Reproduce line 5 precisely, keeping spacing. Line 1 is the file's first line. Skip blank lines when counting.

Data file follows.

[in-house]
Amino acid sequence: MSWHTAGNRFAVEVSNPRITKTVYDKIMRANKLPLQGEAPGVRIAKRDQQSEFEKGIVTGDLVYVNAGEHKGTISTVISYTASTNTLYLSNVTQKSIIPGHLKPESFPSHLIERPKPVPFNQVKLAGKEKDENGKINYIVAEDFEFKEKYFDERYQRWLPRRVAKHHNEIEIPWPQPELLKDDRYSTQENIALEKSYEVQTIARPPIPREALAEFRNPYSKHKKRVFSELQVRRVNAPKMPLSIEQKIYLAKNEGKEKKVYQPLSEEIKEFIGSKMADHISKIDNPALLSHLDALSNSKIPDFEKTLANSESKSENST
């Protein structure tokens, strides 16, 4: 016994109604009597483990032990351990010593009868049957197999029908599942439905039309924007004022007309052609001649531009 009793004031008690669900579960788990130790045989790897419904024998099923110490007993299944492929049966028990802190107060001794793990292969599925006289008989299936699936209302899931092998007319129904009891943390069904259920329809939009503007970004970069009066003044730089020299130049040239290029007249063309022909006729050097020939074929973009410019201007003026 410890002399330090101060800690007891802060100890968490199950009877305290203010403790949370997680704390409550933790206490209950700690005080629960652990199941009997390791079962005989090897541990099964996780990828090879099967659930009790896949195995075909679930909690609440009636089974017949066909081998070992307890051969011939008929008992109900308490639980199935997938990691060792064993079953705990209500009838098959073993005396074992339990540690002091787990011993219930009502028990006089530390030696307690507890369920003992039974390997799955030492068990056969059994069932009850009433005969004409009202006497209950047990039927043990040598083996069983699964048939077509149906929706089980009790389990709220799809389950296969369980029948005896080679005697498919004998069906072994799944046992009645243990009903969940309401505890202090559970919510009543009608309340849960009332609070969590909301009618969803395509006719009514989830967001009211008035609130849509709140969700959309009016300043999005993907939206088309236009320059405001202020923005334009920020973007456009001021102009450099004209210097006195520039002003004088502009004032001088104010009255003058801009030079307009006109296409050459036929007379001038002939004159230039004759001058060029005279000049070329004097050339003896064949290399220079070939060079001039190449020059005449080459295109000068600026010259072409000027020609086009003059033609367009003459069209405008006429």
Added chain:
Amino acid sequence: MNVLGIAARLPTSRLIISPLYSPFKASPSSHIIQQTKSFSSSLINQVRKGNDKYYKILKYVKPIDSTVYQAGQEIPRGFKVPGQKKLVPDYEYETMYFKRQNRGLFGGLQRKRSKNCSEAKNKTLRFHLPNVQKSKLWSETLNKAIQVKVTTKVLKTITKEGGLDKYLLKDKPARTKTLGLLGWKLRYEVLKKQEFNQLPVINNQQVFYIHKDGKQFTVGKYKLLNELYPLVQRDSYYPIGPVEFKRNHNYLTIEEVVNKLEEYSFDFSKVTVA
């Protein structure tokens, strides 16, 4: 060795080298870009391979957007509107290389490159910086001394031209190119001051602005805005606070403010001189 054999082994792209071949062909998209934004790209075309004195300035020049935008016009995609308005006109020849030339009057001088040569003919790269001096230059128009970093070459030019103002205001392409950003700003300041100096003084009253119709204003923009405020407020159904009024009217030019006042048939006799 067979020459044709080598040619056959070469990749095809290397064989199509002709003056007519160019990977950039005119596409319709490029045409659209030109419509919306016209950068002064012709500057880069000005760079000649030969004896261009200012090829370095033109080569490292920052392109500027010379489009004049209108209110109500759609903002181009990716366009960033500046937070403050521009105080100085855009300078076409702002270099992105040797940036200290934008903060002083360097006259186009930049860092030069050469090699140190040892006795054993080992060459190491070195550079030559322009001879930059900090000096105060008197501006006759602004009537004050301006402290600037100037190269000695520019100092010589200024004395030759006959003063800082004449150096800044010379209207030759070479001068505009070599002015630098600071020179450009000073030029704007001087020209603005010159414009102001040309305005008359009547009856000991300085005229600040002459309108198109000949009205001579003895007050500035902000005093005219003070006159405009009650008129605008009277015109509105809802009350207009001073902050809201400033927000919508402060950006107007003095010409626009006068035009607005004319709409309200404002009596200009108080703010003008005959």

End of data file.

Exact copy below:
Amino acid sequence: MNVLGIAARLPTSRLIISPLYSPFKASPSSHIIQQTKSFSSSLINQVRKGNDKYYKILKYVKPIDSTVYQAGQEIPRGFKVPGQKKLVPDYEYETMYFKRQNRGLFGGLQRKRSKNCSEAKNKTLRFHLPNVQKSKLWSETLNKAIQVKVTTKVLKTITKEGGLDKYLLKDKPARTKTLGLLGWKLRYEVLKKQEFNQLPVINNQQVFYIHKDGKQFTVGKYKLLNELYPLVQRDSYYPIGPVEFKRNHNYLTIEEVVNKLEEYSFDFSKVTVA